It may just be posturing, or another signal of dying diplomacy.
North Korea threatened to end diplomatic talks with the US as well as its moratorium on missile and nuclear tests — a provocative statement that could end a months-long period of relative harmony between the two nations.
Speaking to reporters on Friday, North Korea’s Vice Foreign Minister Choe Son Hui said her nation’s leader, Kim Jong Un, was disappointed not to make a deal when he met President Donald Trump in Vietnam last month. That failure, according to many, occurred because of the Trump administration’s hardline position that North Korea must give up all of its nuclear, chemical, and biological weapons before it receives any sanctions relief.
Both leaders walked away from the negotiating table, and the summit ended hours early. And now, it seems, Kim has lost patience with the process altogether.
“We have no intention to yield to the US demands in any form, nor are we willing to engage in negotiations of this kind,” Choe said. “On our way back to the homeland, our chairman of the state affairs commission [Kim] said, ‘For what reason do we have to make this train trip again?’”
Choe also mentioned that Kim would make an official announcement as to his stance on negotiations and weapons testing very soon, and that his relationship with Trump remains “still good and the chemistry is mysteriously wonderful.”
North Korea has played hardball with the US since the Vietnam summit’s collapse. Stephen Biegun, America’s envoy for North Korea negotiations, traveled to the United Nations on Thursday to meet with Security Council representatives. He asked to meet with North Korea’s ambassador to the world body while he was there, but the ambassador didn’t respond to Biegun’s request, according to two people familiar with the situation. The State Department didn’t return a request for comment.
It seems that the talks are in a precarious position, and Choe’s comments didn’t improve matters. Secretary of State Mike Pompeo, however, seems undeterred. “She left open the possibility that negotiations will continue for sure,” he told reporters on Friday, referring to North Korea’s vice minister. “It’s the administration’s desire that we continue to have conversations around this.”
Still, North Korea’s threat comes at a precarious time. Satellite images show that Pyongyang may be preparing to launch a space vehicle in the coming weeks. While not a missile or nuclear bomb, launching a space rocket could be seen as highly provocative by the United States.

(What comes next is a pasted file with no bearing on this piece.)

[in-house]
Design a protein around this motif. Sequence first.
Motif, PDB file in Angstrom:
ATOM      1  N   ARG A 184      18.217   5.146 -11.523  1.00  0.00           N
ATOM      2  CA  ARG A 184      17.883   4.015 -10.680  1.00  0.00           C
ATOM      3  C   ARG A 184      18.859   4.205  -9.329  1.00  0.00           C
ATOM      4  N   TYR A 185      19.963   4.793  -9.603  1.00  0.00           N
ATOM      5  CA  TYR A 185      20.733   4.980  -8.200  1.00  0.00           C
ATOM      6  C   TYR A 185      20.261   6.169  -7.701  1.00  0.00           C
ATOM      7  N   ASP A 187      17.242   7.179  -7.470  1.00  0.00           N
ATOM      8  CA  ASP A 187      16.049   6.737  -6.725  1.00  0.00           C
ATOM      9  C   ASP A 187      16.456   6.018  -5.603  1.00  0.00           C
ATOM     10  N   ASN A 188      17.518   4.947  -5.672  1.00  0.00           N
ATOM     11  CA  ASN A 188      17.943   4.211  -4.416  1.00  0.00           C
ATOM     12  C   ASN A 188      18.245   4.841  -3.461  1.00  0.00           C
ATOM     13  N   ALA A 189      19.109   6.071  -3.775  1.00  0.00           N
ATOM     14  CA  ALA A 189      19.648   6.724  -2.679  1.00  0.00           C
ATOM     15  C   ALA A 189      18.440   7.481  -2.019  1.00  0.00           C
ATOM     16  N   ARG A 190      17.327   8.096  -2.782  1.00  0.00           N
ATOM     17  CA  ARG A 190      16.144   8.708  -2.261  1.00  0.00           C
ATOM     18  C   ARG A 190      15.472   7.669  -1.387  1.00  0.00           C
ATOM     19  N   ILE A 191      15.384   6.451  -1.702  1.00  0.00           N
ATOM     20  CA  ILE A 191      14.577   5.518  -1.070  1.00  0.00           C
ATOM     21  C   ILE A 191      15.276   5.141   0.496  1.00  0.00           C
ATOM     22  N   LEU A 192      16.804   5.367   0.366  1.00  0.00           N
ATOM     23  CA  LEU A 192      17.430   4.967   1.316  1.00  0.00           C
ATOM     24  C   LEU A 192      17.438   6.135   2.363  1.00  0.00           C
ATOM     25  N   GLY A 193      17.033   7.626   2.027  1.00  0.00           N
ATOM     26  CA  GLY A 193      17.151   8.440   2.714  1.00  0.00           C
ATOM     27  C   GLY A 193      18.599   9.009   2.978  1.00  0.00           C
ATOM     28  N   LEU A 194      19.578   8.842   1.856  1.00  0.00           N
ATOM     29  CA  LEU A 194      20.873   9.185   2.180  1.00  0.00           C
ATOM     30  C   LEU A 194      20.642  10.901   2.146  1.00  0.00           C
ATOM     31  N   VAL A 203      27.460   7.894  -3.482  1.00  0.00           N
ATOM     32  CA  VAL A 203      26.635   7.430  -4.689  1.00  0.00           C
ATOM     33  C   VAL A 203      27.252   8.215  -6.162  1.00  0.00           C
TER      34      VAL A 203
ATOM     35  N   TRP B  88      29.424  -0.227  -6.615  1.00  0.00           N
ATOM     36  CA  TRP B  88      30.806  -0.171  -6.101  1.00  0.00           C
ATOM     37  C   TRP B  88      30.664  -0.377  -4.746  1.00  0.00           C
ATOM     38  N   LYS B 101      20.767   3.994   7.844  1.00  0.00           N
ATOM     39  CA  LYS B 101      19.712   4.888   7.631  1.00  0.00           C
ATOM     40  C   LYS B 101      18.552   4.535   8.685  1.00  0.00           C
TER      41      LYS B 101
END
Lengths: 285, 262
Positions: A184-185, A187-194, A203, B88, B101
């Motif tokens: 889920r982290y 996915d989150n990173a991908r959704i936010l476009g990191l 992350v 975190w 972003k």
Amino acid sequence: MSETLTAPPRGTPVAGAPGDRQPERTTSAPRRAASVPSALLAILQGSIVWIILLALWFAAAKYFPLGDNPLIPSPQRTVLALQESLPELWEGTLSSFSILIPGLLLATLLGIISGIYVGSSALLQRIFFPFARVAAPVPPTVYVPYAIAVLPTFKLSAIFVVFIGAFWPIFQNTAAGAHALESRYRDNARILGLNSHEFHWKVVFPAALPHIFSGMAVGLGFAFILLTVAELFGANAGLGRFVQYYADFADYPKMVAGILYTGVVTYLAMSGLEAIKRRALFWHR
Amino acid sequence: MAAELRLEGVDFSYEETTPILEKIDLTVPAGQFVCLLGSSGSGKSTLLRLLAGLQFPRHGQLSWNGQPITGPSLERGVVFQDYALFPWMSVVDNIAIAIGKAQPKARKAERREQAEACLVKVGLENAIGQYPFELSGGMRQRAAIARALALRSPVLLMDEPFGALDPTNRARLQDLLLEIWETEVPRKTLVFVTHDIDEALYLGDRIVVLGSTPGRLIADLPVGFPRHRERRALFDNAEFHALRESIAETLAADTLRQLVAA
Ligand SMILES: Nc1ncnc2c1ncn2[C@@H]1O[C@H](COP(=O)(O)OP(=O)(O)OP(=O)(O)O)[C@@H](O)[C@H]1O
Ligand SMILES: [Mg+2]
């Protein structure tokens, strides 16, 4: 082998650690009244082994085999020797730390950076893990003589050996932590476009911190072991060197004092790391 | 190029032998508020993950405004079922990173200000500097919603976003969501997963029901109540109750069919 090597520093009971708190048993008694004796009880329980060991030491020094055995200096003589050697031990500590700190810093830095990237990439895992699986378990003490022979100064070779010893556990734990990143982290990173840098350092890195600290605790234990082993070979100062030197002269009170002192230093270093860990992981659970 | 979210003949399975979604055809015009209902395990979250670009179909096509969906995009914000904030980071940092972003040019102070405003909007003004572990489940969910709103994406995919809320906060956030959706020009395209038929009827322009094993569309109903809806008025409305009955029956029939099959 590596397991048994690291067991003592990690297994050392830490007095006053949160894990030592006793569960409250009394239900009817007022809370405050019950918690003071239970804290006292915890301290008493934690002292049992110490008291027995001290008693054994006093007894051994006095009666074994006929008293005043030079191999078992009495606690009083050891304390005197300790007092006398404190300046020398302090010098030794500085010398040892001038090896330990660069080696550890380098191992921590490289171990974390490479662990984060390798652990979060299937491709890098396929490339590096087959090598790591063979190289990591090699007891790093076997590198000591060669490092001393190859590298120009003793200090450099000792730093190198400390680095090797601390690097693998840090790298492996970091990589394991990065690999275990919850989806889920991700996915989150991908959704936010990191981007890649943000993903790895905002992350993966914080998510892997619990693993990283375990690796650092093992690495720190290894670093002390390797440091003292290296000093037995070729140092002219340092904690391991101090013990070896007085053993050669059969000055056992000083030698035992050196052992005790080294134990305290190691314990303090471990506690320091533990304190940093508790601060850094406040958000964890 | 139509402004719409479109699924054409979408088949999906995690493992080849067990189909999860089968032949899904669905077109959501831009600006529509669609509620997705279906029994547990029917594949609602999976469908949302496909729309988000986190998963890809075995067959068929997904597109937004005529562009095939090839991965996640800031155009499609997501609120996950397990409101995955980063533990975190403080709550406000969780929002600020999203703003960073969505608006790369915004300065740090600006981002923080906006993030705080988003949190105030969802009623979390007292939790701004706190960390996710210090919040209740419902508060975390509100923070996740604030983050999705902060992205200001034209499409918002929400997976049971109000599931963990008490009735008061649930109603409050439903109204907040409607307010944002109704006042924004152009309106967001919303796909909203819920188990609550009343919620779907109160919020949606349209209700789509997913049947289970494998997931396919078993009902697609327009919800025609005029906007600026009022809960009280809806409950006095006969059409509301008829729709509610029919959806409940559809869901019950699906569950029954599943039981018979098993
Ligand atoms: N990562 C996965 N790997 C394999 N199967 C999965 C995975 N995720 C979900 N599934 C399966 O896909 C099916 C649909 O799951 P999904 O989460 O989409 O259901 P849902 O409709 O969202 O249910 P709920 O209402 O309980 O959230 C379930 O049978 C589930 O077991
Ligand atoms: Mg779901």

But Trump has so far cited the lack of any testing as a major victory. “I just don’t want testing. As long as there’s no testing, we’re happy,” he said in February, days before his summit with Kim.
A space launch, though, could make Trump unhappy — thereby possibly putting both countries back on the path to war.
Why North Korea made this threat now
Mintaro Oba, a former State Department official who worked on North Korean affairs, told me there are two main reasons Kim would want his regime to make such a provocative statement.
First, North Korea wants to put the blame for the failure in Vietnam at America’s feet. That makes Kim look better and could signal to his allies, mainly China, that he was willing to negotiate until the US made such a hardline demand.
“By floating a threat in a negative but circumspect way, North Korea is both testing the reaction to this type of messaging and putting pressure on Washington,” Oba said.
And second, there are North Korean officials who are skeptical of holding diplomatic talks with the United States. While Kim commands much power in his country, he still faces some domestic political challenges. “It’s possible that because of what happened in Hanoi … hardliners in Pyongyang are feeling empowered and Kim is in a position where he has to demonstrate strength,” Oba added.
The new North Korean stance comes just days after Biegun told a Washington audience that the Trump administration won’t “do denuclearization incrementally,” adding that “the foundation of US policy is denuclearization.” That reversed the administration’s pre-Hanoi stance that it would make reciprocal, smaller deals with North Korea until it finally parted with its nuclear arsenal.
It’s unclear if US-North Korea talks are officially doomed, or if this is just old-school posturing by the Kim regime. But if neither side can find a way to get back on course, the result could be far worse than a few choice words.
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